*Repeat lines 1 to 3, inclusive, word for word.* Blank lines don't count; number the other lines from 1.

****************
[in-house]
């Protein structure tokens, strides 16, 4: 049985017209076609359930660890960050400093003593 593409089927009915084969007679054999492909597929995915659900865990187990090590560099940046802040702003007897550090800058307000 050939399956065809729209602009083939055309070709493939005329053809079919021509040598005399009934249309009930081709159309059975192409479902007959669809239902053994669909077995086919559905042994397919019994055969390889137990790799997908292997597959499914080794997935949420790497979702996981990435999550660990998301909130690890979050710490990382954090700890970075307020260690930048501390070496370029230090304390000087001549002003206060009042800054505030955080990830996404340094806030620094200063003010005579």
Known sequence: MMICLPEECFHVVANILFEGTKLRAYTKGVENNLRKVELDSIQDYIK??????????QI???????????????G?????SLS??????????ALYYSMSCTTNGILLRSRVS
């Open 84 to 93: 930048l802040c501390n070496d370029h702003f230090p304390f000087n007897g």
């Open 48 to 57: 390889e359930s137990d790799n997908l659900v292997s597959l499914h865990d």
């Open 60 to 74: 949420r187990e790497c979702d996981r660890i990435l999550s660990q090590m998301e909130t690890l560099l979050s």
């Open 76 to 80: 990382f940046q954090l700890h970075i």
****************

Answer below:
[in-house]
């Protein structure tokens, strides 16, 4: 049985017209076609359930660890960050400093003593 593409089927009915084969007679054999492909597929995915659900865990187990090590560099940046802040702003007897550090800058307000 050939399956065809729209602009083939055309070709493939005329053809079919021509040598005399009934249309009930081709159309059975192409479902007959669809239902053994669909077995086919559905042994397919019994055969390889137990790799997908292997597959499914080794997935949420790497979702996981990435999550660990998301909130690890979050710490990382954090700890970075307020260690930048501390070496370029230090304390000087001549002003206060009042800054505030955080990830996404340094806030620094200063003010005579």
Known sequence: MMICLPEECFHVVANILFEGTKLRAYTKGVENNLRKVELDSIQDYIK??????????QI???????????????G?????SLS??????????ALYYSMSCTTNGILLRSRVS